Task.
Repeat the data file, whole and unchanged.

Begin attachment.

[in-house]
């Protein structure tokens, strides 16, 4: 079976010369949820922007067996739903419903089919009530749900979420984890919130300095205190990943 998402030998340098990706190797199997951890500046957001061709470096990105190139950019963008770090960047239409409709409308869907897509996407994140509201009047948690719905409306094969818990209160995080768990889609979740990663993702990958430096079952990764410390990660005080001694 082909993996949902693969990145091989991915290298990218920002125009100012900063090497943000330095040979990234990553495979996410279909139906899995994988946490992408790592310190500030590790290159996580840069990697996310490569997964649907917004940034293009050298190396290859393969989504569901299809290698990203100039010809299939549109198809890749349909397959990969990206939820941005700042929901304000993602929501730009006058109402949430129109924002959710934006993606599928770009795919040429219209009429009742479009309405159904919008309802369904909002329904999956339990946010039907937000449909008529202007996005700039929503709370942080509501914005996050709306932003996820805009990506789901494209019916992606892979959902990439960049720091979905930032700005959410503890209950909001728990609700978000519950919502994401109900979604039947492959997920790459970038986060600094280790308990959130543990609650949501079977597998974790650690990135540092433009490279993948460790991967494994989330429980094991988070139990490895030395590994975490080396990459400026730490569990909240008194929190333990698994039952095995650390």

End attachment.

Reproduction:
[in-house]
């Protein structure tokens, strides 16, 4: 079976010369949820922007067996739903419903089919009530749900979420984890919130300095205190990943 998402030998340098990706190797199997951890500046957001061709470096990105190139950019963008770090960047239409409709409308869907897509996407994140509201009047948690719905409306094969818990209160995080768990889609979740990663993702990958430096079952990764410390990660005080001694 082909993996949902693969990145091989991915290298990218920002125009100012900063090497943000330095040979990234990553495979996410279909139906899995994988946490992408790592310190500030590790290159996580840069990697996310490569997964649907917004940034293009050298190396290859393969989504569901299809290698990203100039010809299939549109198809890749349909397959990969990206939820941005700042929901304000993602929501730009006058109402949430129109924002959710934006993606599928770009795919040429219209009429009742479009309405159904919008309802369904909002329904999956339990946010039907937000449909008529202007996005700039929503709370942080509501914005996050709306932003996820805009990506789901494209019916992606892979959902990439960049720091979905930032700005959410503890209950909001728990609700978000519950919502994401109900979604039947492959997920790459970038986060600094280790308990959130543990609650949501079977597998974790650690990135540092433009490279993948460790991967494994989330429980094991988070139990490895030395590994975490080396990459400026730490569990909240008194929190333990698994039952095995650390």